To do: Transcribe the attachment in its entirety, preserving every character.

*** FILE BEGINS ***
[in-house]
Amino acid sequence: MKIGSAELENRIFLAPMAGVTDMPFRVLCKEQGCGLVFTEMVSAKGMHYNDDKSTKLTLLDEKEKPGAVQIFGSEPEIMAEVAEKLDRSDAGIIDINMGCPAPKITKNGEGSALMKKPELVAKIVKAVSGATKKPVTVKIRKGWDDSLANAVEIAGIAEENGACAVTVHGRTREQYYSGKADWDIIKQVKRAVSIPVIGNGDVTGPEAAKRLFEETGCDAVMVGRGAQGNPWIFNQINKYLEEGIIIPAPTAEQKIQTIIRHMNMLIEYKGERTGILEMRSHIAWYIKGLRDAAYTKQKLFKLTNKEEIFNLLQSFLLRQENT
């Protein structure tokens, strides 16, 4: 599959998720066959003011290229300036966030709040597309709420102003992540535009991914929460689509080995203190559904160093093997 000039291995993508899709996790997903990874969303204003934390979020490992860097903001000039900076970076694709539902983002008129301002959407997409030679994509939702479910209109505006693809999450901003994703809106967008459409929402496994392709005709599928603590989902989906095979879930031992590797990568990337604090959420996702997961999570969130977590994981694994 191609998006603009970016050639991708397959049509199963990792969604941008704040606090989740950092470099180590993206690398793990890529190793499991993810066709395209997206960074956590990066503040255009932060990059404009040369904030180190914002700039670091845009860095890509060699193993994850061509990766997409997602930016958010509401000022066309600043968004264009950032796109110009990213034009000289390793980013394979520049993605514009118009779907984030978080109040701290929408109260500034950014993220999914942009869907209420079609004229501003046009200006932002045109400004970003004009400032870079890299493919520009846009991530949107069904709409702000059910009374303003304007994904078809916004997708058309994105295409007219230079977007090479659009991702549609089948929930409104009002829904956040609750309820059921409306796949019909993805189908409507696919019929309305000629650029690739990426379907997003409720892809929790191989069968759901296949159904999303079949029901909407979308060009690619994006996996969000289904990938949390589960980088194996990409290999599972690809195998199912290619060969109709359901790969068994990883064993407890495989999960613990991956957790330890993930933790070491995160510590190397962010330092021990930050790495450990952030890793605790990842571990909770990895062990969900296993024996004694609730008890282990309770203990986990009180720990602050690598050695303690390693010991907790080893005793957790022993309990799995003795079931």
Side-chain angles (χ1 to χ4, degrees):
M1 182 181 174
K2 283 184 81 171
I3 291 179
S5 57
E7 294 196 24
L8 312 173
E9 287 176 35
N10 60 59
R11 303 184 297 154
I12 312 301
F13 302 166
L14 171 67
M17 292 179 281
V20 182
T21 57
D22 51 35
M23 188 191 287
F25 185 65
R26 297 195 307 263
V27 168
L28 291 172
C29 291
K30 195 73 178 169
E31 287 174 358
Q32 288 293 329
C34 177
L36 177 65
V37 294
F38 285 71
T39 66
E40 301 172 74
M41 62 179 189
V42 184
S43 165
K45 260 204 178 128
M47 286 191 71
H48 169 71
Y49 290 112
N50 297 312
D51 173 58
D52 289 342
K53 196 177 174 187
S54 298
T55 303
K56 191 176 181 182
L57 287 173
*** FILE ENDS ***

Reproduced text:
[in-house]
Amino acid sequence: MKIGSAELENRIFLAPMAGVTDMPFRVLCKEQGCGLVFTEMVSAKGMHYNDDKSTKLTLLDEKEKPGAVQIFGSEPEIMAEVAEKLDRSDAGIIDINMGCPAPKITKNGEGSALMKKPELVAKIVKAVSGATKKPVTVKIRKGWDDSLANAVEIAGIAEENGACAVTVHGRTREQYYSGKADWDIIKQVKRAVSIPVIGNGDVTGPEAAKRLFEETGCDAVMVGRGAQGNPWIFNQINKYLEEGIIIPAPTAEQKIQTIIRHMNMLIEYKGERTGILEMRSHIAWYIKGLRDAAYTKQKLFKLTNKEEIFNLLQSFLLRQENT
């Protein structure tokens, strides 16, 4: 599959998720066959003011290229300036966030709040597309709420102003992540535009991914929460689509080995203190559904160093093997 000039291995993508899709996790997903990874969303204003934390979020490992860097903001000039900076970076694709539902983002008129301002959407997409030679994509939702479910209109505006693809999450901003994703809106967008459409929402496994392709005709599928603590989902989906095979879930031992590797990568990337604090959420996702997961999570969130977590994981694994 191609998006603009970016050639991708397959049509199963990792969604941008704040606090989740950092470099180590993206690398793990890529190793499991993810066709395209997206960074956590990066503040255009932060990059404009040369904030180190914002700039670091845009860095890509060699193993994850061509990766997409997602930016958010509401000022066309600043968004264009950032796109110009990213034009000289390793980013394979520049993605514009118009779907984030978080109040701290929408109260500034950014993220999914942009869907209420079609004229501003046009200006932002045109400004970003004009400032870079890299493919520009846009991530949107069904709409702000059910009374303003304007994904078809916004997708058309994105295409007219230079977007090479659009991702549609089948929930409104009002829904956040609750309820059921409306796949019909993805189908409507696919019929309305000629650029690739990426379907997003409720892809929790191989069968759901296949159904999303079949029901909407979308060009690619994006996996969000289904990938949390589960980088194996990409290999599972690809195998199912290619060969109709359901790969068994990883064993407890495989999960613990991956957790330890993930933790070491995160510590190397962010330092021990930050790495450990952030890793605790990842571990909770990895062990969900296993024996004694609730008890282990309770203990986990009180720990602050690598050695303690390693010991907790080893005793957790022993309990799995003795079931």
Side-chain angles (χ1 to χ4, degrees):
M1 182 181 174
K2 283 184 81 171
I3 291 179
S5 57
E7 294 196 24
L8 312 173
E9 287 176 35
N10 60 59
R11 303 184 297 154
I12 312 301
F13 302 166
L14 171 67
M17 292 179 281
V20 182
T21 57
D22 51 35
M23 188 191 287
F25 185 65
R26 297 195 307 263
V27 168
L28 291 172
C29 291
K30 195 73 178 169
E31 287 174 358
Q32 288 293 329
C34 177
L36 177 65
V37 294
F38 285 71
T39 66
E40 301 172 74
M41 62 179 189
V42 184
S43 165
K45 260 204 178 128
M47 286 191 71
H48 169 71
Y49 290 112
N50 297 312
D51 173 58
D52 289 342
K53 196 177 174 187
S54 298
T55 303
K56 191 176 181 182
L57 287 173